Shape retrieval - a tricky task

Welcome and Happy New Year! “We had a great 2016. 2017 will prove to be even better” as an anonymous letter writer assures me … although he/she/it also assures me that the European Union is doomed and that I should respect the democratic will of the British people. What better way to start the year than with a few friendly words?

What do we have on offer this time? Several new faces for a start. One of them is José Alberto Esquivel Patiño who attended Search Solutions 2016 in November and he shares his reflections with us, very different to our usual reviews and a very interesting read.

Actually, Search Solutions appears to be getting bigger and bigger. This time we had the tutorials followed by the main event and another co-located one-day workshop on information access system evaluation in practice (organised by Jussi Karlgren and Evangelos Kanoulas). I am sure we will read more about that workshop sometime soon in SIGIR Forum. Another novelty at Search Solutions this time was the introduction of the BCS IRSG Search Industry Awards, and the 2016 winners are … ContextFlow in the category Most Promising Start-up, Lexis Nexis for their work on search term maps as Best Search Project, and Frederic Fol Leymarie for Best Presentation at Search Solutions. It was not just the presentation but also the scope of the work Frederic presented as a co-founder of DynAikon, a company that specialises in shape-based search, that fascinated the audience. Take for example the image in this post. How would you search for it … unless you have shape-based search? All meta data I could find for this is “Papa, papa, look: Donald Trump behind bars” provided by the (4-year-old) artist. Anyway, congratulations to all the winners!

Tony’s feature article this time looks at the evaluation of chatbots. Well, who says A (information retrieval) must say B (evaluation) or at least A/B. Tony explores the different angles that need to be evaluated in a system that combines such a mix of different fields like IR, AI, NLP, HCI/UX (enough acronyms?) This article emerged from initial discussions at the evaluation workshop just mentioned. In any case, there are plenty of ideas for future work as chatbots are unlikely to go away anytime soon …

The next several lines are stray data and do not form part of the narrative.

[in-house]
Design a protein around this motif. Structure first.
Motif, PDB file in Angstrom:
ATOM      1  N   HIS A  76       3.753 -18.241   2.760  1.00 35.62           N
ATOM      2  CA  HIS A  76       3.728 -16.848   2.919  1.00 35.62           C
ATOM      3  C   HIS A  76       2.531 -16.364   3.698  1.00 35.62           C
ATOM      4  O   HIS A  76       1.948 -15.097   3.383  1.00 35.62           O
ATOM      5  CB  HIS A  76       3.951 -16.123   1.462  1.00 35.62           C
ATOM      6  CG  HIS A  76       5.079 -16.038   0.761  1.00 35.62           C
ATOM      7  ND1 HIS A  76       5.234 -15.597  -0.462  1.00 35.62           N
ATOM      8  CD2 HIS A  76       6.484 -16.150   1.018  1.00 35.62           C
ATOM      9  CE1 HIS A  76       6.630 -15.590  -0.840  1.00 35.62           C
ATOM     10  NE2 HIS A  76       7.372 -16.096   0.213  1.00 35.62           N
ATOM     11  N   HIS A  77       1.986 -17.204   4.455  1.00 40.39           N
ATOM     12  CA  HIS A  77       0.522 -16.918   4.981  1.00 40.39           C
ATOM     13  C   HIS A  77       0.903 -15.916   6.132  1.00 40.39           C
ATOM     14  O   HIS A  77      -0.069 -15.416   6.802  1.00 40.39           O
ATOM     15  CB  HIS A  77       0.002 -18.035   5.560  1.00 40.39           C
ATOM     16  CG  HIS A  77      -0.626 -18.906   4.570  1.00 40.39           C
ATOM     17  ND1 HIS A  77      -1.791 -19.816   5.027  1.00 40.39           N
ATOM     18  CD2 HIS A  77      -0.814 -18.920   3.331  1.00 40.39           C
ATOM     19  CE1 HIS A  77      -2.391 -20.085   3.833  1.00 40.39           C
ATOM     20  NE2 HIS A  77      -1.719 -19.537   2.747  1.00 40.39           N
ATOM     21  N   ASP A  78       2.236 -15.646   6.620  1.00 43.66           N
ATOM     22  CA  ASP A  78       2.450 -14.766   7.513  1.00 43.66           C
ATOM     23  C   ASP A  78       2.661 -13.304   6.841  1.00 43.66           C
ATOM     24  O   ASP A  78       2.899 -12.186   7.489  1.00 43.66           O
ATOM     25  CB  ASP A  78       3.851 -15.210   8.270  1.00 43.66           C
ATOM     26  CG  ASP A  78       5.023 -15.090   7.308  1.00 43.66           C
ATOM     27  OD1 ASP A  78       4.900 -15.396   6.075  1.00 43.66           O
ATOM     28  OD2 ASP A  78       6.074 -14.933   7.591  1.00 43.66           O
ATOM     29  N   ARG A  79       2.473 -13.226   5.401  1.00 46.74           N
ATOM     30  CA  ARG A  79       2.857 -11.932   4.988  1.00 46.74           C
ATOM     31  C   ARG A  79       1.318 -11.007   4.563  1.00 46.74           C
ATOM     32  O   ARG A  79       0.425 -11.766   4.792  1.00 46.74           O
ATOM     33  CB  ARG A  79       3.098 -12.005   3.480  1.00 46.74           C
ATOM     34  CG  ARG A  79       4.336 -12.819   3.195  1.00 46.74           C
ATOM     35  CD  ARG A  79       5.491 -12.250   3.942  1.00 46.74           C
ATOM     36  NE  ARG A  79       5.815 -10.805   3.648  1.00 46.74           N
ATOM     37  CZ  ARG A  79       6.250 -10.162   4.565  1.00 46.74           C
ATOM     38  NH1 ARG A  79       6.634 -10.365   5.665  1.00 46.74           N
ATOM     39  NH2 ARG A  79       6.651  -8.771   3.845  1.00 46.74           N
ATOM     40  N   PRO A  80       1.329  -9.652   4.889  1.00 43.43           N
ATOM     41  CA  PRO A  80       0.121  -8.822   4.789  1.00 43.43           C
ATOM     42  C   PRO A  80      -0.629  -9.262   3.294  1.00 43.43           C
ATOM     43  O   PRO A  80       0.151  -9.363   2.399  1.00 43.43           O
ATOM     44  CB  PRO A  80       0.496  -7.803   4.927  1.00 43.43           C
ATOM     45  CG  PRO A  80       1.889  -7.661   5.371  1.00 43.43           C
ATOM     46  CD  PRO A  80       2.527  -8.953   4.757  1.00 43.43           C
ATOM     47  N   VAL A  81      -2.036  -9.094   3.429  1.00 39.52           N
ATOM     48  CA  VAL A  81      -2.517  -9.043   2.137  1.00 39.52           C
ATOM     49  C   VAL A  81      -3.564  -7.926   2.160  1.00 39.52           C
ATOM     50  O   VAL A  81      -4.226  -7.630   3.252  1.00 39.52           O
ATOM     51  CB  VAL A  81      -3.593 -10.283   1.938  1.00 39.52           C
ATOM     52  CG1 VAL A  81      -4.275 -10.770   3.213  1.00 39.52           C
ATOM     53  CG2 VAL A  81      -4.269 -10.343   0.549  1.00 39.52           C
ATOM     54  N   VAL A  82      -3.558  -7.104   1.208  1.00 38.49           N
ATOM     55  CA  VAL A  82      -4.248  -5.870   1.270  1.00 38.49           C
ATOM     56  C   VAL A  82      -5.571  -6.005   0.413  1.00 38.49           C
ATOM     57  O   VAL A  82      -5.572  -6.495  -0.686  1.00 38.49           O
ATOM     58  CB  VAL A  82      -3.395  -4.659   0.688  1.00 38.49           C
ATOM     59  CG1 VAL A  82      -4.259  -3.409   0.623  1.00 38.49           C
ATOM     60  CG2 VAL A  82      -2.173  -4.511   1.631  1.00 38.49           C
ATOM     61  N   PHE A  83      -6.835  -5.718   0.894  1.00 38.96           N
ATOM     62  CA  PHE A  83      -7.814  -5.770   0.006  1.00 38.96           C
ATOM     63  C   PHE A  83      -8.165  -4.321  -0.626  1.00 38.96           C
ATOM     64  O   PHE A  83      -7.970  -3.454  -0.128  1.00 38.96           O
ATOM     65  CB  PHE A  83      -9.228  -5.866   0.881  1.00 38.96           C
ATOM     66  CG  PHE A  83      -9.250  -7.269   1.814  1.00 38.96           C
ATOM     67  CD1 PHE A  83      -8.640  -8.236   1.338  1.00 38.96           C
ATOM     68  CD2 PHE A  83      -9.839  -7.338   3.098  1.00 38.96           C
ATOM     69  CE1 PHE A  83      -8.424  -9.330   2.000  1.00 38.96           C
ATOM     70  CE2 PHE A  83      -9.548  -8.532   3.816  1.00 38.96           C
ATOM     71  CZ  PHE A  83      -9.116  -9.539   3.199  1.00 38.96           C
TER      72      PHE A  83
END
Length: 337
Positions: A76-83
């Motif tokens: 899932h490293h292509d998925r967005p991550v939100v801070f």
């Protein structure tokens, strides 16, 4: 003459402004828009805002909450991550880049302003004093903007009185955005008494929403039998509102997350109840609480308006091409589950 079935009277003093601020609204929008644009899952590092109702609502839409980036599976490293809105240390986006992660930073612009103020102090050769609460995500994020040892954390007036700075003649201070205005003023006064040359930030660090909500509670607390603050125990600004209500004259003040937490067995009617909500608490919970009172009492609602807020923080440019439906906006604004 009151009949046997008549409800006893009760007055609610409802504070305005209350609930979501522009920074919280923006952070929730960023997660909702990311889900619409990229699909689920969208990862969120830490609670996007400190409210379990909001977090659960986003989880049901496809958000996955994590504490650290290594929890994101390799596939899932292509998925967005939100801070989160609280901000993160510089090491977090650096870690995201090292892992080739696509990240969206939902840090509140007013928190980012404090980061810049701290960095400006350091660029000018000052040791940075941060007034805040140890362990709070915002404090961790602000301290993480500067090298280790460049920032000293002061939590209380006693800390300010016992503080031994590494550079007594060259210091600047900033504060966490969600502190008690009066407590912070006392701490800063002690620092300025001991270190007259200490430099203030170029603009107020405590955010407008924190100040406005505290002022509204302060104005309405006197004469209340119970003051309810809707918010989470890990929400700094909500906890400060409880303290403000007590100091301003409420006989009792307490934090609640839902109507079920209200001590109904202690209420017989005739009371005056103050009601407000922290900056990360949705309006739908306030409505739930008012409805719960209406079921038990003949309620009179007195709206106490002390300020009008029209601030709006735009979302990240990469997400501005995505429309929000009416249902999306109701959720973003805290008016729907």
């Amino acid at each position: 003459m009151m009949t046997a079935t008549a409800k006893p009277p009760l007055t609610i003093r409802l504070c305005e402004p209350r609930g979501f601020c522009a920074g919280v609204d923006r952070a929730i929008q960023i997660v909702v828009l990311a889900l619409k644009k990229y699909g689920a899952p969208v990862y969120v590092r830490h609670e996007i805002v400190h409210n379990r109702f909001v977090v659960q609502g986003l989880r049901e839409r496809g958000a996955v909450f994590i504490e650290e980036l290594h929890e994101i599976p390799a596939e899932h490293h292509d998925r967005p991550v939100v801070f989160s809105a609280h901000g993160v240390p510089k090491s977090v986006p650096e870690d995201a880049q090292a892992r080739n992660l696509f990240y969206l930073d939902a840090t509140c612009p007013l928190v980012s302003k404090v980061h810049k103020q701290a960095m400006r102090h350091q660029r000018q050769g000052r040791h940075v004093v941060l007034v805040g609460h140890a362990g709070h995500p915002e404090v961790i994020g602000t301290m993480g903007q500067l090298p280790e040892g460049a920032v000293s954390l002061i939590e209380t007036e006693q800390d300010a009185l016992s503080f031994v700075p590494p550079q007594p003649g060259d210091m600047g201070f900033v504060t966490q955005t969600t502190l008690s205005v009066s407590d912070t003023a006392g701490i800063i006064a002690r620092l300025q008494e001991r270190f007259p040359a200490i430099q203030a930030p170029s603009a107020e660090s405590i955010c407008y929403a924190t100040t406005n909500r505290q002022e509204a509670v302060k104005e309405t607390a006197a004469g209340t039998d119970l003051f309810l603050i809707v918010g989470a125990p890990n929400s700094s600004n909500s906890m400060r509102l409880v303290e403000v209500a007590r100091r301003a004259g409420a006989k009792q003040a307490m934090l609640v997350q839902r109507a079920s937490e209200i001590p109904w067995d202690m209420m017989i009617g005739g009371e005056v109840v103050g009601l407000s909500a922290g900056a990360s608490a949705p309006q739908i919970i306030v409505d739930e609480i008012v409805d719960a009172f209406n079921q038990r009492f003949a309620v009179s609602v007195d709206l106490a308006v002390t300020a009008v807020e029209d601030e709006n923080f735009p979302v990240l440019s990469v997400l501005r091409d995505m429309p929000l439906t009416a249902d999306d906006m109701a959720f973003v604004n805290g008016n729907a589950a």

Our book editor Frank reports how he attended a conference in Japan without leaving his Glasgow office.  How puzzling! Well, let’s hear about his experience of setting up satellite events co-organised remotely with major international conferences which allow more participants to join in. This one was the NTCIR Lifelog track and from what I read we might see more of this in future years.

Let’s stick with events for now. ECIR 2017 in Aberdeen is coming up and what would be ECIR without Industry Day? Want to attend? Please do, just register! Want to present? Well, why not? Send us your idea as we have published a lightweight Call for Proposals. Speaking of events, here is one that I have just come across: the Fake News Challenge. Great idea? Sounds like it.

Another new face: Stephane Goldstein is looking into the interplay of information retrieval and information literacy and asks whether they share a common cause. Read on and you will find out.

Oh, wait, events! Whether you want to attend information retrieval events in person or in the comfort of your Glasgow office, we have the right resource for you. Andy compiled yet again a comprensive list of events for your diary, and the first one in the list is … Search Solutions 2017! Yes, we do start planning well ahead of time, and it is a pleasure for us to do so — for you and the wider community. True fact!






About Udo Kruschwitz
Udo Kruschwitz

Udo Kruschwitz is a Professor of Information Science at the University of Regensburg and a long-standing member of the IRSG committee (currently serving as Chair). His main interests are in information retrieval and natural language engineering. He enjoys being involved in organising events such as Search Solutions in London and ECIR Industry Day (e.g. at ECIR 2019 in Cologne) which aim at bringing together academia and industry.

One response to “Editorial”

  1. Tony Russell-Rose

    I am testing the comment functionality. And the CAPTCHA.

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